A little HTML: You can use this code block (grab it below) to insert any images you want into your web layouts. It gives you more control over image size, margins, alignment, etc. The highlighted url shows where our icon image file lives in the cloud. If you’re using our graphic, you don’t need to change anything. If you’re customizing yours or creating a different icon, you’ll need to replace that url with your own.

A little HTML: You can use this code block (grab it below) to insert any images you want into your web layouts. It gives you more control over image size, margins, alignment, etc. The highlighted url shows where our icon image file lives in the cloud. If you’re using our graphic, you don’t need to change anything. If you’re customizing yours or creating a different icon, you’ll need to replace that url with your own.

This may look complicated. If it does, don’t look at it. Just copy the code below and dump it into a markdown or code block directly beneath your pull quote (on Squarespace). 

If you’re using another website builder, this is HTML. It goes wherever you add code to your pages.

Just remember to replace the img src attribute (highlighted in blue above) with your own file if you have your own icon or are customizing ours.

Here’s the code:

<div style="width: 100%; text-align:center; margin-top:-30px; margin-bottom:30px"><a><img src="https://static1.squarespace.com/static/575d4fa140261d88043e649c/t/5d30cc0356e46e0001755084/1563479043352/Twitter+Drop.png/?format=100w" style="width: 40px;"></a></div>

--> HTML TIP

Adjust the size of the icon by tweaking the width. Ours is set to 40px. Increase the white space on the top or bottom of your button by adjusting the top and bottom margins. Ours are set to 30px. Adjust the alignment by tweaking text-align (left, center, right.) Ours is set to center.

And now that we’ve made it halfway there, set that code aside for a minute.


Step 4: Shrink your url

On Twitter, you don’t have much space, and you want to give as much of it as you can to your words. Tiny url works here. You put a big, sloppy url in and a shiny, tiny url comes out. Copy your new tiny url and save it for the next step.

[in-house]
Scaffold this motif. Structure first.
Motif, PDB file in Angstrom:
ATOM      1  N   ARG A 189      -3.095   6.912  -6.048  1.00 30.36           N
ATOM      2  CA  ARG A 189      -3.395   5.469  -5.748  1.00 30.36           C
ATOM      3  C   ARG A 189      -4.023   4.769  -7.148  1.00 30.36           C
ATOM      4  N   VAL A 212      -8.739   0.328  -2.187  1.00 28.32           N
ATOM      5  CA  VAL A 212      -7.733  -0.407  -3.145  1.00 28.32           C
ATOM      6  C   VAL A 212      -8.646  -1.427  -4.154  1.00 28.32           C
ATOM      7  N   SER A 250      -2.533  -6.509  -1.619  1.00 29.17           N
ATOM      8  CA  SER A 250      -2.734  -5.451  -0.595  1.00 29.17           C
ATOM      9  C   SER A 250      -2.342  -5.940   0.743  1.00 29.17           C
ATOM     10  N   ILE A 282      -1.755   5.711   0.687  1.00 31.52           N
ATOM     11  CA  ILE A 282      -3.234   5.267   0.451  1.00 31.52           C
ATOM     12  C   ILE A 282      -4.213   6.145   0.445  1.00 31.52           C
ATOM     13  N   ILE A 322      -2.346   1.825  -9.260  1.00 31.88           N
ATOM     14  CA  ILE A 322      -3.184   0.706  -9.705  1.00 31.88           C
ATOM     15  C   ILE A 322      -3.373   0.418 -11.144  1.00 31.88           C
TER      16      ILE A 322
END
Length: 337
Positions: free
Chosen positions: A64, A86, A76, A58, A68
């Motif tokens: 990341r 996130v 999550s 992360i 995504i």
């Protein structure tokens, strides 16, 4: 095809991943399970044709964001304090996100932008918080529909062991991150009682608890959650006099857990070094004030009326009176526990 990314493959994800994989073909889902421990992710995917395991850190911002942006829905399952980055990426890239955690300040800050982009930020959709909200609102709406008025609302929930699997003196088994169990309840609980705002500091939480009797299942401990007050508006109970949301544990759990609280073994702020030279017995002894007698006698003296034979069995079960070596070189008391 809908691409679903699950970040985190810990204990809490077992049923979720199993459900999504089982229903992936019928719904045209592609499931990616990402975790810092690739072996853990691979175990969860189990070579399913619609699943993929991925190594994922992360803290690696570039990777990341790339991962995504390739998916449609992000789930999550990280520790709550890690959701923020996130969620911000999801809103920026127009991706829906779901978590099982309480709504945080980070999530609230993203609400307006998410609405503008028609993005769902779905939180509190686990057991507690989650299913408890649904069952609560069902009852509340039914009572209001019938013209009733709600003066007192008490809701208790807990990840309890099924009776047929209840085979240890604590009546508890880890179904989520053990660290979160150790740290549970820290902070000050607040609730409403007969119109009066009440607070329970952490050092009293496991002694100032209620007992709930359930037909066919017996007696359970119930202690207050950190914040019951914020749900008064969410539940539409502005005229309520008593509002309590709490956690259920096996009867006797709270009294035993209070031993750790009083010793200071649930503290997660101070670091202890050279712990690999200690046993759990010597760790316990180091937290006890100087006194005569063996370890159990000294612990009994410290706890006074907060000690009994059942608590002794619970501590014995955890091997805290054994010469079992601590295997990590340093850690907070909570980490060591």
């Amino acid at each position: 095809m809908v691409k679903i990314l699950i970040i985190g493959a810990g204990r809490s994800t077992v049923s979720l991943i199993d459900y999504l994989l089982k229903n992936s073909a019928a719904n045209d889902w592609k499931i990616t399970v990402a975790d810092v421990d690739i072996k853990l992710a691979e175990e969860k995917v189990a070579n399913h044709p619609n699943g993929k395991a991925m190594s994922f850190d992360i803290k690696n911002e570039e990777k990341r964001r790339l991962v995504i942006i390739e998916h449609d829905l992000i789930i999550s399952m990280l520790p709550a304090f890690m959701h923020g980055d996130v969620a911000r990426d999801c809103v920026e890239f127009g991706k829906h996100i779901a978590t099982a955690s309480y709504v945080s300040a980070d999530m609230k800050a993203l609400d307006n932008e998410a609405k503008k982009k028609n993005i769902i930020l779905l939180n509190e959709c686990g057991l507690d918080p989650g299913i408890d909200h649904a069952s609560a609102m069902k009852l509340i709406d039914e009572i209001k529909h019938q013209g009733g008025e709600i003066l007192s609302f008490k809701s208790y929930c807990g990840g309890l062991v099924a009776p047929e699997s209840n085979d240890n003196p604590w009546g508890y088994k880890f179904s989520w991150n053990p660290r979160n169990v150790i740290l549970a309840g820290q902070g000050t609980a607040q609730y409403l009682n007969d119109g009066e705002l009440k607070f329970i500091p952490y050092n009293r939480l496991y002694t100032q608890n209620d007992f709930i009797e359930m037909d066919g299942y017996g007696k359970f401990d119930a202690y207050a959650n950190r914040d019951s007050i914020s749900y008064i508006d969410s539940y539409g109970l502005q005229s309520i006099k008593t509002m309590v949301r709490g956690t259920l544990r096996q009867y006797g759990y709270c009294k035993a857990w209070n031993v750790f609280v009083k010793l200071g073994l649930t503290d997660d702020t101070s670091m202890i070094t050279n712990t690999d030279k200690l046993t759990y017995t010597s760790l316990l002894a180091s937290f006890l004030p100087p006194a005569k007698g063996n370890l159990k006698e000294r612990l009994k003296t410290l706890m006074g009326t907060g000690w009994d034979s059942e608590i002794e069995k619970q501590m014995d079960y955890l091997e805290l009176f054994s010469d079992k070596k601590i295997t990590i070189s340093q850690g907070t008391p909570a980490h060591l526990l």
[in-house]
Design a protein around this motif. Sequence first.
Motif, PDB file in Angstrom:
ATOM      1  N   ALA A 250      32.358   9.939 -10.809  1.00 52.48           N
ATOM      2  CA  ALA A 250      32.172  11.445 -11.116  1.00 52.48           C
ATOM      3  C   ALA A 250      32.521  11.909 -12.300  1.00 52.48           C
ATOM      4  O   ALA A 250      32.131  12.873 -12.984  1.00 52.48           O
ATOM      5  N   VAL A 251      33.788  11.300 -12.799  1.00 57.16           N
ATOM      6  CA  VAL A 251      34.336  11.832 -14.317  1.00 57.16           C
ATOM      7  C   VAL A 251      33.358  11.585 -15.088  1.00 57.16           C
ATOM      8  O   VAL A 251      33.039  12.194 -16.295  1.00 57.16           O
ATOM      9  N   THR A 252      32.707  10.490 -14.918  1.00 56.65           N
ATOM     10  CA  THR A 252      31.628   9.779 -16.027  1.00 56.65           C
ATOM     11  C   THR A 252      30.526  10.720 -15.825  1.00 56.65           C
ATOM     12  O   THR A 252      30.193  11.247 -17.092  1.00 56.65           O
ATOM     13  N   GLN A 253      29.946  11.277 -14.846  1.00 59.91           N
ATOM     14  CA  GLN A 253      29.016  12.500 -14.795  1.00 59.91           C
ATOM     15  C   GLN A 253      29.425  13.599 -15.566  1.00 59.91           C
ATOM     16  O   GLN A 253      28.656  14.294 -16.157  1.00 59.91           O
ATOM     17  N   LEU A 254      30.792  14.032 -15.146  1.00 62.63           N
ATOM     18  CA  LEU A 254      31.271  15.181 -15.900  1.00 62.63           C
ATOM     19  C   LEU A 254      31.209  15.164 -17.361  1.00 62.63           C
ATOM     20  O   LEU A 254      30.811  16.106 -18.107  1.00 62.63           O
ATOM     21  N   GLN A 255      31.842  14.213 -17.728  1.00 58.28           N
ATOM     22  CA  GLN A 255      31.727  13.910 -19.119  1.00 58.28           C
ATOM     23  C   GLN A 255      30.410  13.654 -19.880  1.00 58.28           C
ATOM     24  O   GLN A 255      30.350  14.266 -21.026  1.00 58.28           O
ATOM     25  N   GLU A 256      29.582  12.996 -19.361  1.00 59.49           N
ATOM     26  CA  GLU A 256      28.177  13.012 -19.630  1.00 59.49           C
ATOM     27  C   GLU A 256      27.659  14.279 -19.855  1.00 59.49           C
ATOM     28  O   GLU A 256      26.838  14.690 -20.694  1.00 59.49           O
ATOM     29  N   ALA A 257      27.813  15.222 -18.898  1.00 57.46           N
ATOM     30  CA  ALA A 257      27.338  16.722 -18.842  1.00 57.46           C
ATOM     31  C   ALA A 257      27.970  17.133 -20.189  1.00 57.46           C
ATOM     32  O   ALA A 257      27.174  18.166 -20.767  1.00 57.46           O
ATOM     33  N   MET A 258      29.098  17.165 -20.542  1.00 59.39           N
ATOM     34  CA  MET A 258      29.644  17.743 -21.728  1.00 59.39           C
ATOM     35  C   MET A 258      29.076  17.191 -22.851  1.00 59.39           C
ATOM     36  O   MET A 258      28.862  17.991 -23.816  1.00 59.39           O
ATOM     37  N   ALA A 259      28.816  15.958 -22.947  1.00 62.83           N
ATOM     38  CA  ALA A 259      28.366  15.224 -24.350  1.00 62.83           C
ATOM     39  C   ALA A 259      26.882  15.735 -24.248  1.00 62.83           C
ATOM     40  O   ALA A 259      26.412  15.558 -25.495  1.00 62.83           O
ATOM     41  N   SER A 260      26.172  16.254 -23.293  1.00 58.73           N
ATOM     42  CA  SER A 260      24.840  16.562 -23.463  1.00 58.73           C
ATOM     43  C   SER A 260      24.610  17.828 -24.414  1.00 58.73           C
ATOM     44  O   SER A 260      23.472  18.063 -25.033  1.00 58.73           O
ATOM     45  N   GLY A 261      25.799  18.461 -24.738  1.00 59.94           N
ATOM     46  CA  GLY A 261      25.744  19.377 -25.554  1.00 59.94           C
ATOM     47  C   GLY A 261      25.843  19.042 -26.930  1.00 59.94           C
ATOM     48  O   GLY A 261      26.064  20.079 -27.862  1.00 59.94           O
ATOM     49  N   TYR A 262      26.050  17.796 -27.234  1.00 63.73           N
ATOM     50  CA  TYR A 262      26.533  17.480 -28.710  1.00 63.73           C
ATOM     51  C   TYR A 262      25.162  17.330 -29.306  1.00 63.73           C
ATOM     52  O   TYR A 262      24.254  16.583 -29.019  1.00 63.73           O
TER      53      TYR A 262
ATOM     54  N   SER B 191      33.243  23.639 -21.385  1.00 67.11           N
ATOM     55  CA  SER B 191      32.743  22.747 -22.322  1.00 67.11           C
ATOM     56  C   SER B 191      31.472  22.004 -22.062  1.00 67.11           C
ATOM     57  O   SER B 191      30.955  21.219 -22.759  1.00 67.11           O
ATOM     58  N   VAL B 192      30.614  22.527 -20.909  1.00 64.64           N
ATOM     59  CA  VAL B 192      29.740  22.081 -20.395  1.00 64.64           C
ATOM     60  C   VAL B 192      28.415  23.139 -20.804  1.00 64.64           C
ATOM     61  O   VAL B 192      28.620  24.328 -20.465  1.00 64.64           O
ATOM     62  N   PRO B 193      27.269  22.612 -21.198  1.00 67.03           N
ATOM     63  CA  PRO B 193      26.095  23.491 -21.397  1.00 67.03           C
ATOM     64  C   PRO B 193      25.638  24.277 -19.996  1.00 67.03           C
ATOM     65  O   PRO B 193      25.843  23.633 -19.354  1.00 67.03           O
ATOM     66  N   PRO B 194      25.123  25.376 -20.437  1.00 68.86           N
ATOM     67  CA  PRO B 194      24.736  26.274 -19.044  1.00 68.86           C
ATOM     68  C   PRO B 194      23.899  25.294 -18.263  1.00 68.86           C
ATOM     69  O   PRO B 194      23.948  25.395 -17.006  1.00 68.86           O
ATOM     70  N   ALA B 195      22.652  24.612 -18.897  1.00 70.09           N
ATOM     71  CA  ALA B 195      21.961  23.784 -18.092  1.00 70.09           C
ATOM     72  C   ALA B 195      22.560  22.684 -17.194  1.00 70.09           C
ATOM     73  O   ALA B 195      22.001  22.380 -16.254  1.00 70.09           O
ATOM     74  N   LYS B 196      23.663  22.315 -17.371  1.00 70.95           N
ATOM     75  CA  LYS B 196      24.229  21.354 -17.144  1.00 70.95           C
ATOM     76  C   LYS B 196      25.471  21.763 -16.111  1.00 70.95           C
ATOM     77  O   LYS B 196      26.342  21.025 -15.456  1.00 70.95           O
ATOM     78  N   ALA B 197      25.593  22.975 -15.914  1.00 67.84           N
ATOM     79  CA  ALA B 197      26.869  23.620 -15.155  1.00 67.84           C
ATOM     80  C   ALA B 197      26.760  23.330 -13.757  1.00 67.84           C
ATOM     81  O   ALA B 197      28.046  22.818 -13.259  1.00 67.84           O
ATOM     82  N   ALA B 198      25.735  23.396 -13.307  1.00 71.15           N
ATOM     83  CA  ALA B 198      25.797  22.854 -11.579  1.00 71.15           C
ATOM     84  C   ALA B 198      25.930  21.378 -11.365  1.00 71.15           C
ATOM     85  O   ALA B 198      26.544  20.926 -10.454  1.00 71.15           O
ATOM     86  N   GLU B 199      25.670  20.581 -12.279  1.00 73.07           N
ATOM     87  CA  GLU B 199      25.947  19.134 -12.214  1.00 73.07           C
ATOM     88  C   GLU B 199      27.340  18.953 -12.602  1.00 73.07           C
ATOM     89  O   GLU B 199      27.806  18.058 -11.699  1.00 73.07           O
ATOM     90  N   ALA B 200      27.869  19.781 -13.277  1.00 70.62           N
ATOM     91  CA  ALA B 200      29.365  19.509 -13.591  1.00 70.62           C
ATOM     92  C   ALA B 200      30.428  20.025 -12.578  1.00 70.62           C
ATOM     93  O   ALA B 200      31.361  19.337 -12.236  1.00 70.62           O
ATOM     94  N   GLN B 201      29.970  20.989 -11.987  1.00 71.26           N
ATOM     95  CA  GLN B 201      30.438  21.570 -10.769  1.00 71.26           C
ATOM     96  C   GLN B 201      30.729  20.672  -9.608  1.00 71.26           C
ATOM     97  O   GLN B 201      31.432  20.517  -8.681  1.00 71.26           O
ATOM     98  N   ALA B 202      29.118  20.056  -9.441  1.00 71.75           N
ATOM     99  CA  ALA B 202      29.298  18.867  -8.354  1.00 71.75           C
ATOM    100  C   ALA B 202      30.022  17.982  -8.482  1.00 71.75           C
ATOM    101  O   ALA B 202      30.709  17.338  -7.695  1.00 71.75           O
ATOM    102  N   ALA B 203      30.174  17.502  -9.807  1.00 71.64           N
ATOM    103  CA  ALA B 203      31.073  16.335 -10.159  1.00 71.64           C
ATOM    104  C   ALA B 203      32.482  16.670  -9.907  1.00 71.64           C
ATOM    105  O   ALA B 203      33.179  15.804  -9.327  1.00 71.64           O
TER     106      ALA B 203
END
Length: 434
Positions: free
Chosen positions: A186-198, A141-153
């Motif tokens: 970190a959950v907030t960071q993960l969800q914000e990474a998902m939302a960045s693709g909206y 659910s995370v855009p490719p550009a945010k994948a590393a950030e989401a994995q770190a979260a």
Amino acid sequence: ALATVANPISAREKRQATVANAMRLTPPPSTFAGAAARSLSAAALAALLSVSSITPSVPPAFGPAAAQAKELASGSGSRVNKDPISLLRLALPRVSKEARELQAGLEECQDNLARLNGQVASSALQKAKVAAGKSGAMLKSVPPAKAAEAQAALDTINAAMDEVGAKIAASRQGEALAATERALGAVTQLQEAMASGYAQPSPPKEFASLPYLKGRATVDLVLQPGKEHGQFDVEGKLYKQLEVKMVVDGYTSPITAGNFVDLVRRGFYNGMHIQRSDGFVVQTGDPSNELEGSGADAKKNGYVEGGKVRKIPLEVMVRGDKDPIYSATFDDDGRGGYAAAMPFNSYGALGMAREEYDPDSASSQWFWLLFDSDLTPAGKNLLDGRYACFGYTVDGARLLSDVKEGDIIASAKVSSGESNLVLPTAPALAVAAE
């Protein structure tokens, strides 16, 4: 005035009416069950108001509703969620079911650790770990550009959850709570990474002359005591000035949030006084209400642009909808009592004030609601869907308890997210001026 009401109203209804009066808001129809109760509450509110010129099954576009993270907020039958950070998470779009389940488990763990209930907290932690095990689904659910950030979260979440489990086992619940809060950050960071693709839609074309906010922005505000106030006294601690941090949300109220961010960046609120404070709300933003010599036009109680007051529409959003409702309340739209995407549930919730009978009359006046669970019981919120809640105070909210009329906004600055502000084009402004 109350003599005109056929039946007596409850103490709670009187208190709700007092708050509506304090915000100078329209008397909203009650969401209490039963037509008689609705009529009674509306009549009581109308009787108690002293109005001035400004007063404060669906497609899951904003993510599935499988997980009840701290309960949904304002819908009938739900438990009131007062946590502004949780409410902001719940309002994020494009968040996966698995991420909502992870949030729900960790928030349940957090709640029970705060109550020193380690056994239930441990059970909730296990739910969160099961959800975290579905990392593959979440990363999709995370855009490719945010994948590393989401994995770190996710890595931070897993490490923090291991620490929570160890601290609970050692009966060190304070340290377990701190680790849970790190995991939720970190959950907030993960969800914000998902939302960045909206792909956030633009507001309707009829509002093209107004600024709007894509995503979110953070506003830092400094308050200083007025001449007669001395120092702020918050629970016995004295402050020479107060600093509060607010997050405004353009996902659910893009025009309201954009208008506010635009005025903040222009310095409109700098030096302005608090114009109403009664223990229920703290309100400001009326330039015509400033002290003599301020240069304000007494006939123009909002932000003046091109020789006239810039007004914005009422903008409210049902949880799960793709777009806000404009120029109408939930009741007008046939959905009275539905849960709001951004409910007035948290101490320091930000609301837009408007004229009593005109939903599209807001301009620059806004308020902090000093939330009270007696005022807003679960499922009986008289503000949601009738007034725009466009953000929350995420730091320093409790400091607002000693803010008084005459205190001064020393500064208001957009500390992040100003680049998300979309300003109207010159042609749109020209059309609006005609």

Before (our original url)

After (our tiny url)


Step 5: Convert your quote into Twitterese

The last step in setting up your tweetable quote is to put it into a language Twitter can understand, which is pretty much gibberish to us.

First, go here to convert your pretty words into gibberish that Twitter can read.

Don’t forget to add your tiny url from Step 4 (so readers can link to your article), your Twitter handle (so readers can find you), and hashtags (so you can be cool like the rest of us).

What our quote looks like going in (not gibberish)

"The idea of Twitter started with me working in dispatch since I was 15 years old, where taxi cabs or firetrucks would broadcast where they were and what they were doing." https://tinyurl.com/y6agj2dn @storylinecy #GreatIdeas

What it looks like coming out (total gibberish)

%22The%20idea%20of%20Twitter%20started%20with%20me%20working%20in%20dispatch%20since%20I%20was%2015%20years%20old%2C%20where%20taxi%20cabs%20or%20firetrucks%20would%20broadcast%20where%20they%20were%20and%20what%20they%20were%20doing.%22%20%20https%3A%2F%2Ftinyurl.com%2Fy6agj2dn%20%40storylinecy%20%23GreatIdeas

Next, add the gibberish to the end of the url below. It’s basically telling your browser that this is a quote that a reader wants to share via Twitter.

https://twitter.com/intent/tweet?text=Hello%20world

Just remember to cut out the “Hello%20world” and replace it with your gibberish.

The full url that we’re going to add to our tweet button will look like this:

https://twitter.com/intent/tweet?text=%22The%20idea%20of%20Twitter%20started%20with%20me%20working%20in%20dispatch%20since%20I%20was%2015%20years%20old%2C%20where%20taxi%20cabs%20or%20firetrucks%20would%20broadcast%20where%20they%20were%20and%20what%20they%20were%20doing.%22%20%20https%3A%2F%2Ftinyurl.com%2Fy6agj2dn%20%40storylinecy%20%23GreatIdeas

Your full markdown code. The destination url that lets readers click and retweet is the humungous chunk of gibberish highlighted in blue between the quotes. You need to add yours in the exact same place. Your browser will take care of the rest.